MR. KOSTIC: But they’re not children! Why don’t any of them think for themselves? It’s easy to see that something isn’t quite right. Their politicians have fallen over themselves talking about the territorial integrity of Georgia ever since Russia accepted the independence of Abkhazia and South Ossetia, but when it’s a matter of Kosovo, nobody mentions the territorial integrity of Serbia. The Albanians in Kosovo have the right to secede, but the Serbs in Republika Srpska haven’t. When the Croats expel hundreds of thousands of Serbs so as to regain control over what they consider to be their territory, it’s a legal military operation, and the west even offer them military assistance. When the Serbs do the same in Kosovo, it’s ethnic cleansing and the west bombs Serbia. Can’t any of them realize that something isn’t quite right?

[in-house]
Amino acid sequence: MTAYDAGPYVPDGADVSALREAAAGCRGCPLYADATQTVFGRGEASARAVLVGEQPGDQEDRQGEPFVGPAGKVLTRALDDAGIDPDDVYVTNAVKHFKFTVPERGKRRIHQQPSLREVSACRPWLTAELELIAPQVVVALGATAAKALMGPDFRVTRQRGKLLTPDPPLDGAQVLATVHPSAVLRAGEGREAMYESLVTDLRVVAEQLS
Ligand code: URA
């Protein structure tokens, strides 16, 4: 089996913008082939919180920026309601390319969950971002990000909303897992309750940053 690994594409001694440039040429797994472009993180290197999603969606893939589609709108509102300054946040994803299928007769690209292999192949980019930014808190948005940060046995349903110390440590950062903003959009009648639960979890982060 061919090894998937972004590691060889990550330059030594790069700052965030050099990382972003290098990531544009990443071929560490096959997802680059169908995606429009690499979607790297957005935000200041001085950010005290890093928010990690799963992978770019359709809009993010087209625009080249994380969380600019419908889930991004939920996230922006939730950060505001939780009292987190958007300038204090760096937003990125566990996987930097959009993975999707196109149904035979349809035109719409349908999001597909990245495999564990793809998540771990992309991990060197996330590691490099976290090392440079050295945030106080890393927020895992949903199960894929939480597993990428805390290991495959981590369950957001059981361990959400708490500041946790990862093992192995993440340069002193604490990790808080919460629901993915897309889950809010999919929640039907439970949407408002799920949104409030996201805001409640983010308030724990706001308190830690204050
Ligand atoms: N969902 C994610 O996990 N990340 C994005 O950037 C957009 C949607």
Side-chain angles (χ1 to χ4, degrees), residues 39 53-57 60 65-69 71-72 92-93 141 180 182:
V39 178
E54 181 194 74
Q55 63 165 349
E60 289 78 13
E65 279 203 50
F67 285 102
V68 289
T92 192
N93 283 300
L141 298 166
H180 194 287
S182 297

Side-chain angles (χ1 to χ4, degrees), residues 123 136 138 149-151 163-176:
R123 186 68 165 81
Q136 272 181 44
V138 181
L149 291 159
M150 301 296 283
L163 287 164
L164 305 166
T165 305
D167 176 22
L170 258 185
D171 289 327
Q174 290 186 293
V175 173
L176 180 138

MR. K.: Of course they can. Both Harold Pinter and Doris Lessing, probably two of the best known British authors of the time, condemned the bombing.
MR. KOSTIC: Yes, but they are two exceptional people, they’re not average English citizens. Why don’t any of the western sportsmen think about all this? Why didn’t any of them protest when in the 1990s our sportsmen were banned from competing? Even if they believed that only we were responsible for the wars in Bosnia and Croatia, why didn’t they realize that it had nothing to do with sport? Did they really not realize that our sportsmen had certainly not killed anyone? No, they couldn’t wait to take advantage of the situation when we weren’t around in basketball, water polo, handball… And in football, it was Denmark who went in place of us to the European Championships, even though we beat them in the qualification group. Admittedly, as SFRY, but SRY succeeded that state. Why didn’t the Danes refuse to play instead of us? Why didn’t any of them realize that it wasn’t fair?